I always find it interesting that the euthanasia debate pops up in the media quite regularly, but that we don’t ever seem to get anywhere with passing a law about it. Perhaps the day will come when that changes, but until then, it means that individuals and their families (and often the medical staff) are left in a legal limbo, where euthanasia or assisted suicide happens everyday, but behind closed doors, and without a broader conversation.
On the weekend, a friend got some news about his mother. She has been sick with a chronic condition for a while now, but in recent weeks, her health has gone downhill. She’s had to accept some intervention which indicate that ultimately, the end is coming, sooner rather than later. It’s sobering.
Even though she has been sick for a while, and we’ve all known that the disease is terminal, it’s still confronting. I pondered on it a lot last night, and talked it over with the Handsome Sidekick. For most of us, I suppose (although I certainly don’t have the figures) we don’t have a long time to contemplate our imminent deaths, especially if that death comes earlier than expected. I’m sure we’d all like to imagine we’ll live a long and healthy life and that the end of it, have a comfortable, and hopefully quick, death.
Yes, I’ve been a little remiss with the links lately. Who knew summer holidays, swimming lessons, stationery shopping and work (plus the usual busy-ness) would keep me run off my feet these last several weeks? Well, everyone, probably, but it still always comes as a surprise to me that there are not enough hours in the day.
We’re expecting a warm day today–not as warm as Perth, but still summery–and I hope to be able to pick the last of the boysenberries and pretend to get organised for another school week (but no doubt I’ll end up working and/or reading a book and patting the cat. Possibly taking the dog for a walk. Maybe eating some cake…)
Enjoy the links!
So as you probably know, both David Bowie and Alan Rickman died last week, and the news hit me harder than I expected. Perhaps it’s because in both cases, the news came to everyone, except those very close to them, as a shock. Perhaps it’s because several friends’ parents or parents-in-law have died recently. All I know is that after I’d put our Offpsring to bed, on the evening after I’d heard about Bowie’s death, I was clearing up the plates and setting the dishwasher going, and I found myself holding back tears. And then I realised why.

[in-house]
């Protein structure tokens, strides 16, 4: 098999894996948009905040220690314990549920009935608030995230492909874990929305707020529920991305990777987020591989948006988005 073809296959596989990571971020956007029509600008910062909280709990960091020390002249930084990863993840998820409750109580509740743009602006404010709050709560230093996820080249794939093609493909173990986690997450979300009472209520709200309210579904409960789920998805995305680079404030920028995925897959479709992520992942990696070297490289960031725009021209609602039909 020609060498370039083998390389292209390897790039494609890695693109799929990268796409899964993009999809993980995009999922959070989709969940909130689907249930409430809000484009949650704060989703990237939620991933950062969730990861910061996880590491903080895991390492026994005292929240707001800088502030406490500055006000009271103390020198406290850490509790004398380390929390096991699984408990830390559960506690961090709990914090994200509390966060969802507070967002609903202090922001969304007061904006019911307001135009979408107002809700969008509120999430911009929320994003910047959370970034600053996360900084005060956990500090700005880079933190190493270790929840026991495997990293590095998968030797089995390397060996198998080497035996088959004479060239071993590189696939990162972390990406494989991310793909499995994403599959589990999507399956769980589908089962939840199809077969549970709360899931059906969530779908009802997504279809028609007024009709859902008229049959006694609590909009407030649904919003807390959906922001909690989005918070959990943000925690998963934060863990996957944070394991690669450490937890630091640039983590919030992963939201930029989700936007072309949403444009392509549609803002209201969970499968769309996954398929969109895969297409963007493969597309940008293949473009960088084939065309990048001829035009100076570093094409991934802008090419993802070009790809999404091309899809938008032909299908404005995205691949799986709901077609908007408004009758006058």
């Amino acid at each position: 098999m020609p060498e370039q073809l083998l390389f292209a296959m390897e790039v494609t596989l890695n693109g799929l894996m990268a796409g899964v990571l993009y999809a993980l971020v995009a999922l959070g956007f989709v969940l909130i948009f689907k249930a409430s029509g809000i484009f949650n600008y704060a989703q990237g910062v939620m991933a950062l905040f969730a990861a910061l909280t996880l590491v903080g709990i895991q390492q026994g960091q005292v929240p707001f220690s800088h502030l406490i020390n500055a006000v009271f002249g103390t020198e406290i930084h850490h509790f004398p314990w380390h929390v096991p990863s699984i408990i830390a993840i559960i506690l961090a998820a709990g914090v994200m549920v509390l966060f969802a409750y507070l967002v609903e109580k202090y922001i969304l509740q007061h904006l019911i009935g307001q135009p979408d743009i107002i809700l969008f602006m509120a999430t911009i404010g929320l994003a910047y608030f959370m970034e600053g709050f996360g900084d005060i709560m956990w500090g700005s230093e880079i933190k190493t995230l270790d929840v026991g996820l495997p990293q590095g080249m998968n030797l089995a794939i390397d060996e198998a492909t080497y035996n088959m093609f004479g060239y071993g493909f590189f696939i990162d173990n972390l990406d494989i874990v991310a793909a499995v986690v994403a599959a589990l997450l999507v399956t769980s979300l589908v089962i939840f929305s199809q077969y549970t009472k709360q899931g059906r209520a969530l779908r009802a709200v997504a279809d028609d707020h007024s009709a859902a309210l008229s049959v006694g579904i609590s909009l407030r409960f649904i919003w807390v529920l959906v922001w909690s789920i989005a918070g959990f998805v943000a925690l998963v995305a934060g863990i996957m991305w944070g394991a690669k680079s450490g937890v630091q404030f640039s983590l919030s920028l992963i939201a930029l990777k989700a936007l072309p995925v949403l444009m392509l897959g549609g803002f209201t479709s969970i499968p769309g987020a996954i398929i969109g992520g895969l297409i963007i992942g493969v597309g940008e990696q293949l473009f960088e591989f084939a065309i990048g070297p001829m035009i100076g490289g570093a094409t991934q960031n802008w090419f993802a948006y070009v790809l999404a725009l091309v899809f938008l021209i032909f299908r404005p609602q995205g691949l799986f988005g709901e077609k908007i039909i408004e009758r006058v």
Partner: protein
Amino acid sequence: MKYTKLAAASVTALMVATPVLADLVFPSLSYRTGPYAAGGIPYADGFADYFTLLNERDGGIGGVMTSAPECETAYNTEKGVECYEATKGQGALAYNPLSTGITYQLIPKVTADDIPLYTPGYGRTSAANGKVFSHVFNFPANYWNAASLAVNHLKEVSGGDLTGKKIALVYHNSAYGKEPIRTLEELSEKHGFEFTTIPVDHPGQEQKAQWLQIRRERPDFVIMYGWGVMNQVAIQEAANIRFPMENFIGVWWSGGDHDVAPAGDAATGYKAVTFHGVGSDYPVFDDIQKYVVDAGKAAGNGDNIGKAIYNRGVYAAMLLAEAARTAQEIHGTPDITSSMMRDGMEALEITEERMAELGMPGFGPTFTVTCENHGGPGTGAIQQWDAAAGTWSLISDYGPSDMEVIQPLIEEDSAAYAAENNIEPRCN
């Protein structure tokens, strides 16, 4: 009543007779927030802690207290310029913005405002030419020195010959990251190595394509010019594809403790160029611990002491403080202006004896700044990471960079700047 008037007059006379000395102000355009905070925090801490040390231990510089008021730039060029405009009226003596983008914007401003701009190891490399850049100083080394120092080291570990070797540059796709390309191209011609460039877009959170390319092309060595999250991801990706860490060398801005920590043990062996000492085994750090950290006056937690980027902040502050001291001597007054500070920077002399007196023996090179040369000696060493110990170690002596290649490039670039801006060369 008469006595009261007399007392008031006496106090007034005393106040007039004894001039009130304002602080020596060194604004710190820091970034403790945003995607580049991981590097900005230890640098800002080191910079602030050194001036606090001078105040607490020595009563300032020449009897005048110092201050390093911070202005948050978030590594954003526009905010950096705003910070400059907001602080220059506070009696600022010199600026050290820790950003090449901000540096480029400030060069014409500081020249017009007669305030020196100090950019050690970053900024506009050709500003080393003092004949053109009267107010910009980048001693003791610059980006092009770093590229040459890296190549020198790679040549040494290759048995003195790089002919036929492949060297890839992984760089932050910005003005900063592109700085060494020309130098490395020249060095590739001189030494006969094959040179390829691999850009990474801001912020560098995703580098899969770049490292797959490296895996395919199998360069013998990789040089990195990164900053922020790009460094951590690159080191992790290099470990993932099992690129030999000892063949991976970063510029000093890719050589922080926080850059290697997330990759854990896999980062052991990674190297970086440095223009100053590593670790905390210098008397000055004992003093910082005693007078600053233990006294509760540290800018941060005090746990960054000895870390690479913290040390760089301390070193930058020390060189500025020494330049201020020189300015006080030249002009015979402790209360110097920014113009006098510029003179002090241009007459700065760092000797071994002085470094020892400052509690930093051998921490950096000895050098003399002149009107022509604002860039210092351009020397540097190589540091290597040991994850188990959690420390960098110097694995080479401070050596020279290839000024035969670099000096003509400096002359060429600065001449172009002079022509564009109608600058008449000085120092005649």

My elders are dying, and I’m not ready.
I hadn’t heard about ‘FOMO’ until I read about it in an article. Apparently, it’s really a thing! Through social media, people can tailor their online presence to appear to have a certain kind of life, and others who view this presentation then fret about why they don’t have that, too (Fear Of Missing Out).
That’s not news. That’s always happened. It’s always been the case that it’s easy to look at someone else’s life and believe that they have it better. We’ve always imagined that movie stars are all tremendously rich and confident and popular, when the reality is that they’re just people, and while they might have more money at their disposal which means they can afford more ‘stuff’, it doesn’t follow that they’re any more content than your average person.
Their internet persona just makes it seem as if they do.
Several years ago, probably around the time First Offspring was born, the Handsome Sidekick and I bought a will kit. Inside were two wills, and clear, easy-to-understand instructions on how to fill out the will. This should be a breeze! we thought.
When First Offspring was about nine months old, we moved house. I found the will kit. Should get around to doing that, I thought. We lived in the new house for almost exactly six years. While packing to go, I found the will kit again. By this stage, First Offspring had three siblings. Making a will seemed more important than ever, given we had four young people to consider.
This post discusses suicide. I know this topic is triggering to some, and so I will continue below the cut.
Good Sunday to you! My Offspring are threatening to break down the door so I’m just going to dispense with lengthy introductions and leave you with some weekend reading:
I was working on a piece about hunger and food insecurity this week, and really enjoying doing some research, when I came across this article [please note, trigger warning for death of a child, and child abuse] and knew that it was something I needed to write about instead. Given the upsetting nature of the topic, I’ll put the rest of this post behind a cut.
Years ago, when the Handsome Sidekick and I were still child- and fancy-free, we lived in an inner city rental, where the roof leaked and the garden was in shade for about 7 months of the year. It was a trendy suburb with fairly mimimal rent (which may have had something to do with the leaking roof and the redundant clothesline) and after being there a few weeks, we adopted two cats: Sasha, and Indiana. The townhouse was on quite a busy road, so we were careful about letting the cats out—we waited until they were a few months old, and even then, brought them in before bed and didn’t let them out until morning.
You can see where this is going, can’t you?